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1/25/2018 7:38:29 AM
Posted: 1/6/2006 4:25:55 AM EST
[Last Edit: 1/6/2006 4:28:38 AM EST by Bostonterrier97]

WWII veterans reunite, share memories of service

Ascension section writer

-- "He still looks the same," Seaman 1st Class Joe Dinino said as he embraced fellow shipmate and World War II veteran Lezin Oubre.
As family members snapped photos and shot video of the extraordinary reunion, the two men shook hands and immediately started talking about old times.

On Dec. 27, Oubre drove from his home in Norco to meet his former shipmate. It had been 61 years since the two had seen each other but talked as if time had stood still.

They asked each other about fellow members of the USS Chincoteague (AVP-24) , men they knew for little more than a year but whom they relied upon heavily to get them through the war.

Advocate staff photo by PAUL RUTHERFORD
Joe Dinino, left, listens as Lezin Oubre tells a story about his days serving in World War II. The two men served together in the Navy during World War II and haven't seen each other in 61 years.

"We didn't change too much, huh," Dinino said.

According to Dinino's eldest daughter, Jo Ann Benoit, Dinino has been trying to locate Oubre since the summer and has searched for years to find someone who was on the U.S. Navy ship with him.

"He has always wanted to find someone," his wife, Joyce, added.

"Do you remember me steering the ship and turning it around twice," Dinino laughed. "I know this, we were all scared as hell when we saw those mines. The China Sea was full of them."

According to Dinino, the Japanese had placed mines all over the China Sea.

"The ones you could see were good," he added. "The one you couldn't, that was bad."

The two men, who told tales of seaplanes burning on the beaches, boarded the Navy ship in June 1945 when they were just 18. Their 14-month duty, which required them to perform repairs on damaged seaplanes and to rescue pilots whose planes were shot down, ended after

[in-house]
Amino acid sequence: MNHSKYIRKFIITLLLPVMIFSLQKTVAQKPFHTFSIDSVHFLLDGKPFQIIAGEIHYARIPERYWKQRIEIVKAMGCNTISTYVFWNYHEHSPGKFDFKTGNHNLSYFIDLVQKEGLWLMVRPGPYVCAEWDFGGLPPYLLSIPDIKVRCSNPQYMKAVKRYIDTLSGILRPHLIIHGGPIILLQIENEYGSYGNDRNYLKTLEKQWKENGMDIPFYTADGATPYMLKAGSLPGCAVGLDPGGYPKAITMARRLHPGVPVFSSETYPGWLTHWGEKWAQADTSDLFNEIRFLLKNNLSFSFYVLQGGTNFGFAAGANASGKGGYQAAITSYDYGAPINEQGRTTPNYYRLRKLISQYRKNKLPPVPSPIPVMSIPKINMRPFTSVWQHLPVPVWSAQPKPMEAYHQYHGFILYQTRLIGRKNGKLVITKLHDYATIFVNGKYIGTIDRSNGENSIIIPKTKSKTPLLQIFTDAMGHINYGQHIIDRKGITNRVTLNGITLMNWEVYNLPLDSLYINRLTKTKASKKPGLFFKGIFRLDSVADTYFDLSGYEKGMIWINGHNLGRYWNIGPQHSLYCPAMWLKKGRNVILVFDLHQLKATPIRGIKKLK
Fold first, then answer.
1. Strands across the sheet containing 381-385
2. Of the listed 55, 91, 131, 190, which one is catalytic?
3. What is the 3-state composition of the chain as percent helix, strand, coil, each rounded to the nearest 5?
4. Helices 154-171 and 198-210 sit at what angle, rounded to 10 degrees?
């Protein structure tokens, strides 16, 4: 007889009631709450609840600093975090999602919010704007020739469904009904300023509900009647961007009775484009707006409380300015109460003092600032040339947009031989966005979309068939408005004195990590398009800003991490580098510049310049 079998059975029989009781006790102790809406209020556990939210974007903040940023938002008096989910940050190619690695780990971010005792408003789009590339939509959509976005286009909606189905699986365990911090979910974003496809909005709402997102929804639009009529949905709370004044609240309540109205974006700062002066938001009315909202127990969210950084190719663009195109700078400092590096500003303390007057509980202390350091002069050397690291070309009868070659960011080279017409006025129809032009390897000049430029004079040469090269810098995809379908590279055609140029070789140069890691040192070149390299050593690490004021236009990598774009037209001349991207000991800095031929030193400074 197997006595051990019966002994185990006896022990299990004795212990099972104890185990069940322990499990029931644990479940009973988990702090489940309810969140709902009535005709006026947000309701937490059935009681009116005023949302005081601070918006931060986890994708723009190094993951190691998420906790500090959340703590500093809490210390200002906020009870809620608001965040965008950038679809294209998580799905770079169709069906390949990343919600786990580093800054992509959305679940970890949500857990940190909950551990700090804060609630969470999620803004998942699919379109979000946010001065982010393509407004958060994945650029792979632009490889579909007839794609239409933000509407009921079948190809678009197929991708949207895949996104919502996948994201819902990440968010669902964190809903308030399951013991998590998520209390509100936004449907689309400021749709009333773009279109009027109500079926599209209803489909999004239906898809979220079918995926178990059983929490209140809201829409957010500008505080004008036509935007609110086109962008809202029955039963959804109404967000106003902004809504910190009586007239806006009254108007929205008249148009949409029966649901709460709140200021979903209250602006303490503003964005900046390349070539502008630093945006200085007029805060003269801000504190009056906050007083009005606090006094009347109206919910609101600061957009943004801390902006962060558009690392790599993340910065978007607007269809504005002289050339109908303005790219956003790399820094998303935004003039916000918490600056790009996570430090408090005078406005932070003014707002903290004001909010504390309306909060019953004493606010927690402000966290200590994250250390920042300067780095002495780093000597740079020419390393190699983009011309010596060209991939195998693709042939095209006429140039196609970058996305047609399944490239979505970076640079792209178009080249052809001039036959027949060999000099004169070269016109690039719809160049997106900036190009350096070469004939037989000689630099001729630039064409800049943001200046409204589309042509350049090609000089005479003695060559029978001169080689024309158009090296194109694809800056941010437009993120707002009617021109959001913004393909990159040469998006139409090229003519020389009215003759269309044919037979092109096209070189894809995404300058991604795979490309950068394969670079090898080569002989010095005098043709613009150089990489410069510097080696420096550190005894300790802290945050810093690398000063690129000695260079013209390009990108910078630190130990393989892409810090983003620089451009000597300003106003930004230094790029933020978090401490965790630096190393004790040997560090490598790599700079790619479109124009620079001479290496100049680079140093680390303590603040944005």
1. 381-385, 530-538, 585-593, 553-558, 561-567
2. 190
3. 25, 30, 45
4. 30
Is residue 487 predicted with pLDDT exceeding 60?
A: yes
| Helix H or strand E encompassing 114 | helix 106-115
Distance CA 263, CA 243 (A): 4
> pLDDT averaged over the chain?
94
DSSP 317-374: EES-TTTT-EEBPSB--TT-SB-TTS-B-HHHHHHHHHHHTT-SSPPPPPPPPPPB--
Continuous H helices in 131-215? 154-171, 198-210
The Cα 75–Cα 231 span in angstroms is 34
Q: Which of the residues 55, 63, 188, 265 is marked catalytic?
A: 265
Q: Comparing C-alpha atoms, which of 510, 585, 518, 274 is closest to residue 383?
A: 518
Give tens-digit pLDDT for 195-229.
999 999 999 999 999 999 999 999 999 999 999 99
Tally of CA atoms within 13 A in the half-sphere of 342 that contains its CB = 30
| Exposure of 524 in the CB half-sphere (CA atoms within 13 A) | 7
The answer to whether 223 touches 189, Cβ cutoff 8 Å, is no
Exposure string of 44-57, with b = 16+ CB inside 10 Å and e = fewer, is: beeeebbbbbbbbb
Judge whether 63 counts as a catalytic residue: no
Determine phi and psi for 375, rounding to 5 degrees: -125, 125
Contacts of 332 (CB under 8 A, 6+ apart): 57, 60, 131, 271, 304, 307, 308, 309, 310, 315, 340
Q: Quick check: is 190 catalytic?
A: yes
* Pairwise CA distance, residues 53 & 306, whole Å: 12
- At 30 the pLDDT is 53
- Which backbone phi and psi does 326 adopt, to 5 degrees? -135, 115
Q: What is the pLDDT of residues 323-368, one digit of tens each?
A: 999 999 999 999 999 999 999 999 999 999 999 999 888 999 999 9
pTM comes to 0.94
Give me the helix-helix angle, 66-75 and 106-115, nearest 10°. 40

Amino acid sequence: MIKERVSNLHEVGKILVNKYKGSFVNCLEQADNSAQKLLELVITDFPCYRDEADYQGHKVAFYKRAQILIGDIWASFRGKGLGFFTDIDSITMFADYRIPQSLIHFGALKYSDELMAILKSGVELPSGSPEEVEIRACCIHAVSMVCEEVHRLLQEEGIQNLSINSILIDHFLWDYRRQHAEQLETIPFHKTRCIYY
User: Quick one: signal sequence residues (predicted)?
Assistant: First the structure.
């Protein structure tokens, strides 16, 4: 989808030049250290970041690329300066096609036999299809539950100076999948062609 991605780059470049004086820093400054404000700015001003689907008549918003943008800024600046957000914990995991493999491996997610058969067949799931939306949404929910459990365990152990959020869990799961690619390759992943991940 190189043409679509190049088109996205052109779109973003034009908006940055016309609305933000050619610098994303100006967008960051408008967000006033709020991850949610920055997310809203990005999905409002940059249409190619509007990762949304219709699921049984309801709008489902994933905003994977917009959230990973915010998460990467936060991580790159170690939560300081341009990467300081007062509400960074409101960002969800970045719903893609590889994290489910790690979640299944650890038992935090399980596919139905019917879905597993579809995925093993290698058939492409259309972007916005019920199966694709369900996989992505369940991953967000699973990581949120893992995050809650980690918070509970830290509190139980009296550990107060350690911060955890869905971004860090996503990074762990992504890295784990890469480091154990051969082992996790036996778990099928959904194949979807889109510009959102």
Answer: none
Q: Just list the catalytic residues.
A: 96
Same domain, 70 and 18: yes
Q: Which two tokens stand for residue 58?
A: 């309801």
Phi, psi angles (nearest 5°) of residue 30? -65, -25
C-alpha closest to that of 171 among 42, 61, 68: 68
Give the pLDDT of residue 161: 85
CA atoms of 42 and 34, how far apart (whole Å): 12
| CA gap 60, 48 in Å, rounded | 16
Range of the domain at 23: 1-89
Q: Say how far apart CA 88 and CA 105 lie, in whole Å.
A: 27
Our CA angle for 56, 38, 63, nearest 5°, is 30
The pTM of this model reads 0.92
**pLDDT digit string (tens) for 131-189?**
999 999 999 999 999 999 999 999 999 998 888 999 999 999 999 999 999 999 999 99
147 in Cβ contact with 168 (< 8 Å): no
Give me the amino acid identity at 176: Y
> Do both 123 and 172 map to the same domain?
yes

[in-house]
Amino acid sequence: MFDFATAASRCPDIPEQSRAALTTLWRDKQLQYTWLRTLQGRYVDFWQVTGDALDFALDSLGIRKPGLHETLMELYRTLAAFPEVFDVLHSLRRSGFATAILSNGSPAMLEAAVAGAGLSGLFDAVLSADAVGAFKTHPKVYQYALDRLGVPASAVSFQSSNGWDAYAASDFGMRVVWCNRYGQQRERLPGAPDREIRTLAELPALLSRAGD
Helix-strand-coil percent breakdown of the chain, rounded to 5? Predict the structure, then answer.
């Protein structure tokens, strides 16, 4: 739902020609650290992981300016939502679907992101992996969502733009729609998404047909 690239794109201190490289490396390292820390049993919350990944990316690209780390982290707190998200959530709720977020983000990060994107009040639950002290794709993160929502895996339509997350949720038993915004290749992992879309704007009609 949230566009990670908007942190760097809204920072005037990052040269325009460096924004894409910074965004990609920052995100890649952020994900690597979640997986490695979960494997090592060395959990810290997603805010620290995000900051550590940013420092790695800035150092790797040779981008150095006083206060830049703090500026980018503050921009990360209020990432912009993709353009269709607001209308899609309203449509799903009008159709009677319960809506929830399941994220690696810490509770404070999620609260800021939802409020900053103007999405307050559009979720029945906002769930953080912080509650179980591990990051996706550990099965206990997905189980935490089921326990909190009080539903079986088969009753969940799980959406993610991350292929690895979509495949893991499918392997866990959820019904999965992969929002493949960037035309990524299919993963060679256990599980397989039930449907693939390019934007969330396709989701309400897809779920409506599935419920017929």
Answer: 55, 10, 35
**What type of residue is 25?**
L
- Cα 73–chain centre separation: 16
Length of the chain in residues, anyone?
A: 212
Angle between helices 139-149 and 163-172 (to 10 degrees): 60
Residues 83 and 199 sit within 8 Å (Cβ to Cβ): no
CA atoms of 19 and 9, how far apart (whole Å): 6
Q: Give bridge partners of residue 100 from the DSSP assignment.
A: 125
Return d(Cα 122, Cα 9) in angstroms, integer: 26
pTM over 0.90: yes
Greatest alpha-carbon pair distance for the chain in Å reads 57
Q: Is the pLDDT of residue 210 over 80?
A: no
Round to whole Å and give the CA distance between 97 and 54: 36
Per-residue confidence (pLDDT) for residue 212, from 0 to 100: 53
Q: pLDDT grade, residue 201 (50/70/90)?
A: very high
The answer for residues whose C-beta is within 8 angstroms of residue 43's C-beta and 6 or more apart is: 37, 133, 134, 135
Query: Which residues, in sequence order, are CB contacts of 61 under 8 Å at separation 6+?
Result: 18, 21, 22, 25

the summer of 1946. But before their feet would again touch land, their sea voyage would take them to Pearl Harbor, Midway, Tsingtao and Okinawa before finally heading through the Panama Canal to the Mississippi River and into New Orleans.

"Our ship was a sitting duck right there by the beach," Dinino remembered. Crew members used quadruple 40 mm short-range machine guns to shoot down kamikazes.

But despite the drudgery of war, both sailors admit that one of the worst times spent aboard the ship was when they were caught in a typhoon in the China Sea. The crew, Oubre said, lost all of their fresh water and evaporators and had "more water in the ship than we did in the ocean," Dinino remembered. Both men said the ship bobbed in the water like a cork.

"Did you ever get sea sick?" Dinino asked.

"Oh yeah," Oubre replied.

According to records, the USS Chincoteague initially sailed from San Diego in June 1943 for Saboe Bay in Santa Cruz Islands, where it tended seaplanes in support of operations in New Guinea. Less than two weeks after the ship arrived, it was badly damaged in multiple Japanese air attacks and towed back to the Mare Island Navy Yard, where repairs were completed in December 1943.